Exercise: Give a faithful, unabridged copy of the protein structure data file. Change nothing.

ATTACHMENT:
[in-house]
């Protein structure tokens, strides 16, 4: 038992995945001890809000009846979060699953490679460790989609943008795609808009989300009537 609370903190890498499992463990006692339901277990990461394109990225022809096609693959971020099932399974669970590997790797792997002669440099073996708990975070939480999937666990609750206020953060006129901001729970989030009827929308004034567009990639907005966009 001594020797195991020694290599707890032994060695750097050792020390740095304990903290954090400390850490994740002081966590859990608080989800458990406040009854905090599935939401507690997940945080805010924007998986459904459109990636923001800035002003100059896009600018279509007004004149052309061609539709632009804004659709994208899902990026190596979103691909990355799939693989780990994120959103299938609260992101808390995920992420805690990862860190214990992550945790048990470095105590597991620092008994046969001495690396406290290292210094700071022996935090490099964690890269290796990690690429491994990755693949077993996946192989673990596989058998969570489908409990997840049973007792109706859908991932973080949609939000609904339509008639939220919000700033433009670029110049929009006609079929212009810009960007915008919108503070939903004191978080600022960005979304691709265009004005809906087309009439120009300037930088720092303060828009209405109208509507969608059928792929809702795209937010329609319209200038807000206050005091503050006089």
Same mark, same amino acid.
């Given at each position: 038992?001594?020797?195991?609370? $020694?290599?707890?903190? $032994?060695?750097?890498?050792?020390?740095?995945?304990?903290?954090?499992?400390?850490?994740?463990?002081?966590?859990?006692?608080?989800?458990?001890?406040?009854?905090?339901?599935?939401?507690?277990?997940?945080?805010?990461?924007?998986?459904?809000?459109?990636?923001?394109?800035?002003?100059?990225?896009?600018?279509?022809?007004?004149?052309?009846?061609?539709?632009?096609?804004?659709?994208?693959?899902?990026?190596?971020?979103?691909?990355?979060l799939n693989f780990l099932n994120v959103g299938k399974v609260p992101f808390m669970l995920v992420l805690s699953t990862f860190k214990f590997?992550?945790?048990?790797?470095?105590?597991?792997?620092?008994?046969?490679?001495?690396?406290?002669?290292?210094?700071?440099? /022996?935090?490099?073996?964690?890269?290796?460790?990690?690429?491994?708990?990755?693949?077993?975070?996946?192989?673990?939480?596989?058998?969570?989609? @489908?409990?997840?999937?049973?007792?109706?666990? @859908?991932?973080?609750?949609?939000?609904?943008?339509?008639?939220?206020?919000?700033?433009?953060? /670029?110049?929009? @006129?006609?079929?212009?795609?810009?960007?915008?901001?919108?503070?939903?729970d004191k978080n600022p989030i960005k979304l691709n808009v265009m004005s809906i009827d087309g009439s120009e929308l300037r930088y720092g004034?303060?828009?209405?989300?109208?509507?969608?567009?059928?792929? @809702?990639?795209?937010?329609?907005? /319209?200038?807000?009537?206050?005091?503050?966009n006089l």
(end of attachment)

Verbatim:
[in-house]
């Protein structure tokens, strides 16, 4: 038992995945001890809000009846979060699953490679460790989609943008795609808009989300009537 609370903190890498499992463990006692339901277990990461394109990225022809096609693959971020099932399974669970590997790797792997002669440099073996708990975070939480999937666990609750206020953060006129901001729970989030009827929308004034567009990639907005966009 001594020797195991020694290599707890032994060695750097050792020390740095304990903290954090400390850490994740002081966590859990608080989800458990406040009854905090599935939401507690997940945080805010924007998986459904459109990636923001800035002003100059896009600018279509007004004149052309061609539709632009804004659709994208899902990026190596979103691909990355799939693989780990994120959103299938609260992101808390995920992420805690990862860190214990992550945790048990470095105590597991620092008994046969001495690396406290290292210094700071022996935090490099964690890269290796990690690429491994990755693949077993996946192989673990596989058998969570489908409990997840049973007792109706859908991932973080949609939000609904339509008639939220919000700033433009670029110049929009006609079929212009810009960007915008919108503070939903004191978080600022960005979304691709265009004005809906087309009439120009300037930088720092303060828009209405109208509507969608059928792929809702795209937010329609319209200038807000206050005091503050006089």
Same mark, same amino acid.
């Given at each position: 038992?001594?020797?195991?609370? $020694?290599?707890?903190? $032994?060695?750097?890498?050792?020390?740095?995945?304990?903290?954090?499992?400390?850490?994740?463990?002081?966590?859990?006692?608080?989800?458990?001890?406040?009854?905090?339901?599935?939401?507690?277990?997940?945080?805010?990461?924007?998986?459904?809000?459109?990636?923001?394109?800035?002003?100059?990225?896009?600018?279509?022809?007004?004149?052309?009846?061609?539709?632009?096609?804004?659709?994208?693959?899902?990026?190596?971020?979103?691909?990355?979060l799939n693989f780990l099932n994120v959103g299938k399974v609260p992101f808390m669970l995920v992420l805690s699953t990862f860190k214990f590997?992550?945790?048990?790797?470095?105590?597991?792997?620092?008994?046969?490679?001495?690396?406290?002669?290292?210094?700071?440099? /022996?935090?490099?073996?964690?890269?290796?460790?990690?690429?491994?708990?990755?693949?077993?975070?996946?192989?673990?939480?596989?058998?969570?989609? @489908?409990?997840?999937?049973?007792?109706?666990? @859908?991932?973080?609750?949609?939000?609904?943008?339509?008639?939220?206020?919000?700033?433009?953060? /670029?110049?929009? @006129?006609?079929?212009?795609?810009?960007?915008?901001?919108?503070?939903?729970d004191k978080n600022p989030i960005k979304l691709n808009v265009m004005s809906i009827d087309g009439s120009e929308l300037r930088y720092g004034?303060?828009?209405?989300?109208?509507?969608?567009?059928?792929? @809702?990639?795209?937010?329609?907005? /319209?200038?807000?009537?206050?005091?503050?966009n006089l």